Sunday, February 19, 2012

The Most Famous Person from Haywood County That No One Knows

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Richard Halliburton

Richard Halliburton
was a fascinating explorer and writer who was actually born in Haywood County, TN. Around the time of the Jazz Age of the 1920s, he was one of the most well-known adventurers in the world, yet less than 100 years later he is remembered by only a few.

In his lifetime, Halliburton swam the Panama Canal, spent a night on the Great Pyramid of Giza, followed the path of Ulysses around the Mediterranean, descended into the "Myan Well of Death," crossed the Alps on an elephant, and climbed Mount Fuji. Throughout his travels he wrote many best-selling books and became a popular celebrity of his day.

In the Haywood County census of 1900, all eight of my great grandparents were living in Haywood County. Will Williams seems to have been living with his aunt and uncle while his future wife Janie Williamson was 13-years-old and living with her family in the Providence Community. William Day Brantley was three years old and his future wife, my great grandmother Allie Marbury, was only two. Jim Lovelace was living just down the road and was a young teenager at 15 while his future bride, Ruby Fowler, was 13. Bob and Zula Castellaw were already in their early 30s in 1900 and had recently buried an infant daughter.

A few miles away, in the actual town of Brownsville, which is the county seat of Haywood County, a young couple, Wesley and Nelle Halliburton were living as boarders in the home of the family of Richard G. Thomas along with their infant son, Richard who had been born on January 9.

According to this article about Halliburton from the May 2005 issue of "MUS Today," his father moved the family from Brownsville to Memphis hoping to make a profit buying and selling land in Arkansas. They were on the verge of being destitute when the sale of timber on some of Wesley  Halliburton's land quickly turned their situation around and they found themselves quite wealthy.

By 1910, the family had added another son and was living in Memphis. Richard, the future explorer, was 11 and his brother Wesley Jr. was 7. Wesley would die suddenly at 17 after a bout with rheumatic fever. At an early age, the two young sons were taught by Mary Grimes Hutchison who lived with the family and was the founder of Miss Hutchison's School for Girls. Hutchison evidently remained close with the Halliburtons because she is burried in a plot with the rest of the family.
"Richard attended Memphis University School and then left Tennessee to attend Princeton University.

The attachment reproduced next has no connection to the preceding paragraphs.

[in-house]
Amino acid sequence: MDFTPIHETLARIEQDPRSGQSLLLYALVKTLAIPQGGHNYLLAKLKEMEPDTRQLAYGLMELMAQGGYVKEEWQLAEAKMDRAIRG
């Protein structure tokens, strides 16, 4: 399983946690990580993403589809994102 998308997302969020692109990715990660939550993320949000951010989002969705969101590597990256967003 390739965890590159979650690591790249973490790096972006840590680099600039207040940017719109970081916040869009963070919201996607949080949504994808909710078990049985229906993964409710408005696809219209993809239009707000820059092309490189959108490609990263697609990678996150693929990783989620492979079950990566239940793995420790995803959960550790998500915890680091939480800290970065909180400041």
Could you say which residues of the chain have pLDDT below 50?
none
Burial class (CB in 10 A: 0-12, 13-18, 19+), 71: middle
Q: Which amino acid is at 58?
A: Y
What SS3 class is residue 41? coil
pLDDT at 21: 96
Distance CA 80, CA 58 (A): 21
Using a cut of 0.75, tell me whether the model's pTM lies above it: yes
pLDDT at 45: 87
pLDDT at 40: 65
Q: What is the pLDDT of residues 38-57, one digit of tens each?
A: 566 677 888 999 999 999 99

On his fifteenth birthday, Halliburton became ill, withdrew from MUS for a long course of treatment, and never came back. He finished prep school at Lawrenceville Academy in New Jersey, and then went six miles up the road to Princeton...Halliburton ran away to Europe. He told his parents he was going to Brownsville, went to New Orleans instead, sent his parents a telegram telling them not to worry, worked his way across the Atlantic as an ordinary seaman, and then rambled across Europe for the next six months. He came back and finished his studies at Princeton, but Richard had found his calling: he would be an adventurer."
Crum, Carolyn. "Adventurer, Writer, Horizon Chaser." MUS Today May 2005: 18 - 19.

After much editing, his first book, "The Royal Road to Romance" was released and became a huge best-seller which led to more adventures, more books and eventually great fame. He wrote many magazine articles and books and hung out with the most famous writers and movie stars of the Jazz Age. At the time he was as well-known as Amelia Earhart and Earnest Hemingway and was a popular speaker on the radio and at events around the world.

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His many other adventures and books that followed included "The Flying Carpet: Adventures in a Biplane from Timbuktu to Everest and Beyond" in which Halliburton hired pioneer aviator Moye Stephens in 1931 and set out to circle the world in an open cockpit biplane named The Flying Carpet. "The Glorious Adventure: Through the Mediterranean in the Wake of Odysseus" recounted his journey through the Mediterranean in the shadow of Odysseus and in his final book, "Seven League Boots" he shared his adventures dining with Emperor Haile Selassie in Ethiopia, interviewing the infamous assassin of Czar Nicholas II in Russia, trying to sneak into the forbidden city of Mecca, and riding on an elephant over the Alps in the tracks of Hannibal.